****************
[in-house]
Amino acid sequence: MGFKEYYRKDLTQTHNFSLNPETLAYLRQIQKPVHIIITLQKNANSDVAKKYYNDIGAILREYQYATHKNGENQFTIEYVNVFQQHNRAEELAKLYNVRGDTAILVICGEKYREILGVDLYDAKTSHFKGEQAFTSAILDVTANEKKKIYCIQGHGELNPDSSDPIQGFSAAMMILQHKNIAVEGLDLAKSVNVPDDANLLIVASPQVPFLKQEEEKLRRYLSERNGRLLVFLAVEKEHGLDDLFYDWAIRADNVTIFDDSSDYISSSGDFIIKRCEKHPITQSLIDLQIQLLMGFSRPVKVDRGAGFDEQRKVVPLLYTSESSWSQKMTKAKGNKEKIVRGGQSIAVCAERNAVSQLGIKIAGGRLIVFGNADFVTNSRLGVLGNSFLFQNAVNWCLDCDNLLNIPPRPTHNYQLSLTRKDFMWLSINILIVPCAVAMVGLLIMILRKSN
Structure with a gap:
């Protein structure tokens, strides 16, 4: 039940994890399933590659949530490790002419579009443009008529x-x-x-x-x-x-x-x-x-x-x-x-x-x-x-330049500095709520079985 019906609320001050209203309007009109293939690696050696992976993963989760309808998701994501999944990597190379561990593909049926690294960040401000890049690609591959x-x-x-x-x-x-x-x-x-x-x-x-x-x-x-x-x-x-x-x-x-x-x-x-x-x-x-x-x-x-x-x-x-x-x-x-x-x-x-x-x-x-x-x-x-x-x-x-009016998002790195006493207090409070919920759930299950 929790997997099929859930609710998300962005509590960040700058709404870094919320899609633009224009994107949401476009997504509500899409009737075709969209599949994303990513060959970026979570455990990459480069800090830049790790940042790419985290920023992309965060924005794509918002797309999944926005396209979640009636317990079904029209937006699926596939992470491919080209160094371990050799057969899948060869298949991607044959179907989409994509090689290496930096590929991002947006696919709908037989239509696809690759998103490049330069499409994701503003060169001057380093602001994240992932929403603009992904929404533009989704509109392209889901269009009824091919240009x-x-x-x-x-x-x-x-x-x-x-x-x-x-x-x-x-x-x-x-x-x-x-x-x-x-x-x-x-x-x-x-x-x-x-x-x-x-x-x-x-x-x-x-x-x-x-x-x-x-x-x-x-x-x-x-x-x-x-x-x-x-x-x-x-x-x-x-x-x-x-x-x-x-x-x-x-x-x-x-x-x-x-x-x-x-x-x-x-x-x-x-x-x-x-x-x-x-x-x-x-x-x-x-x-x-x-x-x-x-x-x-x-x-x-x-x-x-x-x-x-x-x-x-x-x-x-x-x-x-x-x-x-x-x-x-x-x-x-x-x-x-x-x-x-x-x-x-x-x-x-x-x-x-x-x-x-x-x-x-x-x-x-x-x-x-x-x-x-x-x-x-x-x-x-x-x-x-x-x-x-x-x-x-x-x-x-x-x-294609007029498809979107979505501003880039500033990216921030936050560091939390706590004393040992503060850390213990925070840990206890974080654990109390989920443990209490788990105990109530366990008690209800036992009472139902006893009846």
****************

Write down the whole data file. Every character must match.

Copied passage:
[in-house]
Amino acid sequence: MGFKEYYRKDLTQTHNFSLNPETLAYLRQIQKPVHIIITLQKNANSDVAKKYYNDIGAILREYQYATHKNGENQFTIEYVNVFQQHNRAEELAKLYNVRGDTAILVICGEKYREILGVDLYDAKTSHFKGEQAFTSAILDVTANEKKKIYCIQGHGELNPDSSDPIQGFSAAMMILQHKNIAVEGLDLAKSVNVPDDANLLIVASPQVPFLKQEEEKLRRYLSERNGRLLVFLAVEKEHGLDDLFYDWAIRADNVTIFDDSSDYISSSGDFIIKRCEKHPITQSLIDLQIQLLMGFSRPVKVDRGAGFDEQRKVVPLLYTSESSWSQKMTKAKGNKEKIVRGGQSIAVCAERNAVSQLGIKIAGGRLIVFGNADFVTNSRLGVLGNSFLFQNAVNWCLDCDNLLNIPPRPTHNYQLSLTRKDFMWLSINILIVPCAVAMVGLLIMILRKSN
Structure with a gap:
């Protein structure tokens, strides 16, 4: 039940994890399933590659949530490790002419579009443009008529x-x-x-x-x-x-x-x-x-x-x-x-x-x-x-330049500095709520079985 019906609320001050209203309007009109293939690696050696992976993963989760309808998701994501999944990597190379561990593909049926690294960040401000890049690609591959x-x-x-x-x-x-x-x-x-x-x-x-x-x-x-x-x-x-x-x-x-x-x-x-x-x-x-x-x-x-x-x-x-x-x-x-x-x-x-x-x-x-x-x-x-x-x-x-009016998002790195006493207090409070919920759930299950 929790997997099929859930609710998300962005509590960040700058709404870094919320899609633009224009994107949401476009997504509500899409009737075709969209599949994303990513060959970026979570455990990459480069800090830049790790940042790419985290920023992309965060924005794509918002797309999944926005396209979640009636317990079904029209937006699926596939992470491919080209160094371990050799057969899948060869298949991607044959179907989409994509090689290496930096590929991002947006696919709908037989239509696809690759998103490049330069499409994701503003060169001057380093602001994240992932929403603009992904929404533009989704509109392209889901269009009824091919240009x-x-x-x-x-x-x-x-x-x-x-x-x-x-x-x-x-x-x-x-x-x-x-x-x-x-x-x-x-x-x-x-x-x-x-x-x-x-x-x-x-x-x-x-x-x-x-x-x-x-x-x-x-x-x-x-x-x-x-x-x-x-x-x-x-x-x-x-x-x-x-x-x-x-x-x-x-x-x-x-x-x-x-x-x-x-x-x-x-x-x-x-x-x-x-x-x-x-x-x-x-x-x-x-x-x-x-x-x-x-x-x-x-x-x-x-x-x-x-x-x-x-x-x-x-x-x-x-x-x-x-x-x-x-x-x-x-x-x-x-x-x-x-x-x-x-x-x-x-x-x-x-x-x-x-x-x-x-x-x-x-x-x-x-x-x-x-x-x-x-x-x-x-x-x-x-x-x-x-x-x-x-x-x-x-x-x-x-x-294609007029498809979107979505501003880039500033990216921030936050560091939390706590004393040992503060850390213990925070840990206890974080654990109390989920443990209490788990105990109530366990008690209800036992009472139902006893009846």